In the wake of SAE incident, a measured approach towards college fraternities

Compiled by the Retriever Weekly Senior Staff

Demand better from chapters engaged in wrongdoing, but don’t group all fraternities together

   Last weekend, The national fraternity Sigma Alpha Epsilon (SAE) found itself at the center of controversy concerning misconduct by some of its members. A video capturing some of its members making racist chants has revived debates about the culture of college fraternities across the country.

A video surfaced on Youtube and Twitter depicting members of SAE’s University of Oklahoma chapter chanting racial slurs against African Americans. The young men in the video chant “There will never be a n***** in SAE, You can hang ‘em from a tree but they’ll never sign with me, There will never be a n***** in SAE.”

Their actions have provoked condemnation from various parties. Brad Cohen, the organization’s national president, asserted that “ “I was not only shocked and disappointed but disgusted by the outright display of racism in the video.” David Boren the University of Oklahoma’s president, called the video’s contents “reprehensible and contrary to all of our values.”

Outcry over the incident has progressed to constructive action as well. Students at the University of Oklahoma have protested on campus in the days following the video’s release. The university has expelled two students found to have led the chant in the video.

Unfortunately, fraternities have been involved in reprehensible misconduct before. At times, this has involved racism and bigotry. In other cases, it has involved sexual assault or excessive hazing. In the eyes of some, these problems stem from faults within the overriding culture of fraternities themselves.

Yet it is important to note that not all Greek life organizations engage or tolerate such abhorrent actions. Nor can any one fraternity, SAE included, be broadly associated with hazing, racism, or sexual misconduct. To claim such would be unfair to individual fraternity chapters that instead demonstrate upstanding character.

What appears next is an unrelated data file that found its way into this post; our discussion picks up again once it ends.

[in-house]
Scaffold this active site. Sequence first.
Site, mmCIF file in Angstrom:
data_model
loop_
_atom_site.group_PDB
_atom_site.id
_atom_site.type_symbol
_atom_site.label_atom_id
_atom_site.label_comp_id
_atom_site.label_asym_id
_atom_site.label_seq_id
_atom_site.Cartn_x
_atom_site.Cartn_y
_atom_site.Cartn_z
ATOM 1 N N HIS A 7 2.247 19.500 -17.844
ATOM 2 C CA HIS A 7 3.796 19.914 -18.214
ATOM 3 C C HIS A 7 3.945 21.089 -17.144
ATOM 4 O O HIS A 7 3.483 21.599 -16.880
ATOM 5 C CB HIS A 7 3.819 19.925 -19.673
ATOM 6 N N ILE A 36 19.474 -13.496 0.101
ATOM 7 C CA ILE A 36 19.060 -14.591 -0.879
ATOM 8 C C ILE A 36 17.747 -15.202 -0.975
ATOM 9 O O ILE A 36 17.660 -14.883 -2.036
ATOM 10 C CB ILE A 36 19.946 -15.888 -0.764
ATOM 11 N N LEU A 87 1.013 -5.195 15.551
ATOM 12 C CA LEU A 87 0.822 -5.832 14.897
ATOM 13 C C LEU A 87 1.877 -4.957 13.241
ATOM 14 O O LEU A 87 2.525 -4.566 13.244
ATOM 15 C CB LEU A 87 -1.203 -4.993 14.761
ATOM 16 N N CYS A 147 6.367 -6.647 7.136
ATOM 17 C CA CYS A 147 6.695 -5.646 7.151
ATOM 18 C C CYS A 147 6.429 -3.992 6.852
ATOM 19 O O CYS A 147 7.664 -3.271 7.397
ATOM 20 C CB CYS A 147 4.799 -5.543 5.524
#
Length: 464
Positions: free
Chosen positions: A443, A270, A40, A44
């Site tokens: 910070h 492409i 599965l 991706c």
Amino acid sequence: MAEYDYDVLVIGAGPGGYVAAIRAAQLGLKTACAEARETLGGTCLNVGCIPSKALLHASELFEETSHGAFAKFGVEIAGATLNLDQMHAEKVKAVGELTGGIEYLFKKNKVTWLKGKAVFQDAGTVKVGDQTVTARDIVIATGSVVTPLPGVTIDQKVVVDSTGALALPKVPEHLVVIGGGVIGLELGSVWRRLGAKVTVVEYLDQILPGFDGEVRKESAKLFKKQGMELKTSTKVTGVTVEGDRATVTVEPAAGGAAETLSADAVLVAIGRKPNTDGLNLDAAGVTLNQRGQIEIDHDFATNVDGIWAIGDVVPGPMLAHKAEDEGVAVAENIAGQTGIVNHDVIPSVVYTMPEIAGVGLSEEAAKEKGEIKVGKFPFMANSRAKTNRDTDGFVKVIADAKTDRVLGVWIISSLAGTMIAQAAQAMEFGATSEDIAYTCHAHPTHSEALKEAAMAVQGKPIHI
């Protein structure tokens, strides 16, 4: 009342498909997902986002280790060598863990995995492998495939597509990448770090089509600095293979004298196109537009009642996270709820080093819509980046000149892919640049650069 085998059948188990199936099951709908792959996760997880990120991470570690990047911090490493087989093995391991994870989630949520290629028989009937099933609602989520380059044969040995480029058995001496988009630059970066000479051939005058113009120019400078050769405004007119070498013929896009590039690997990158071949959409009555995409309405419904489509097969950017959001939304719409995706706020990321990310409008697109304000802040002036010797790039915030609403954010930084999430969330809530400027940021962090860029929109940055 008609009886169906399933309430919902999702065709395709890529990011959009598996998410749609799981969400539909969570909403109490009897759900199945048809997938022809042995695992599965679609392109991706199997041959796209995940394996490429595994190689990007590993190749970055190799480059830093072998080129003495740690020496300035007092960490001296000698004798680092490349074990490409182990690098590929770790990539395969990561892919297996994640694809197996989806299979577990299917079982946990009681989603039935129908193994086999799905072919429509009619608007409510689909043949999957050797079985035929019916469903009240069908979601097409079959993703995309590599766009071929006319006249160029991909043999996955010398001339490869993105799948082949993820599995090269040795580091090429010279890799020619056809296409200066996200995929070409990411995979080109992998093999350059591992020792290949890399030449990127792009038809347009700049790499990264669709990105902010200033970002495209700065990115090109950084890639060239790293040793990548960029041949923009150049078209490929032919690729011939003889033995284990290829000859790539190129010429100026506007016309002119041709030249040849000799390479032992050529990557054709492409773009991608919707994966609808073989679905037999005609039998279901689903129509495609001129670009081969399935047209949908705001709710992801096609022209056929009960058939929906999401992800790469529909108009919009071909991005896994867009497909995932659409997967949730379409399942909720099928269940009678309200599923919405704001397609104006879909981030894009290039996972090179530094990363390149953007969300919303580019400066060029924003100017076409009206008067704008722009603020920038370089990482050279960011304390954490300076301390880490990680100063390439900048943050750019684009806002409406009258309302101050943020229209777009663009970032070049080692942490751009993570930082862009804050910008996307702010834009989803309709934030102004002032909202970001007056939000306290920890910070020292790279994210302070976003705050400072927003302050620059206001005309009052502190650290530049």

Susan DuMont, who has worked as Coordinator of Student Life for UMBC’s Greek life, pointed to her own experiences working with UMBC chapters to support this point. She pointed to UMBC’s own SAE chapter as an example, saying that “the UMBC chapter of Sigma Alpha Epsilon certainly does not need to be taught not to use racially charged hate speech.”

DuMont also emphasized the importance of diversity in UMBC’s fraternities and sororities, saying that “Our Greek Community is almost exactly reflective of the diversity in the student body.”

Across college campuses, many fraternities have worked to address and prevent the sort of wrongdoing that has surrounded their counterparts. The University of Utah’s Phi Gamma Delta chapter recently met with Latino students to proactively discuss race and identity issues. At Dartmouth, fraternities have held campus forums to prevent campus sexual assault and have incorporated bystander intervention training into recruitment and rushing.

Other chapters have have gone beyond addressing on-campus issues and have expanded a constructive imprint in their communities. Many fraternities engage in service projects within their surrounding communities or focus their efforts to highlight ongoing social issues.

The solution to addressing misconduct among fraternities may not be to condemn or demand change from fraternities as whole. This unfairly groups all fraternities and their individual chapters together, regardless of their actual conduct. A more constructive strategy may be to demand greater accountability from chapters individually.

Campuses themselves may have a major role to play in this regard. As DuMont conceded, “the challenge is offering the education and intervention that each chapter needs and offices can only respond to what they know about.” Student bodies then could foster the overriding culture that demands accountability from its Greek life organizations on each campus.

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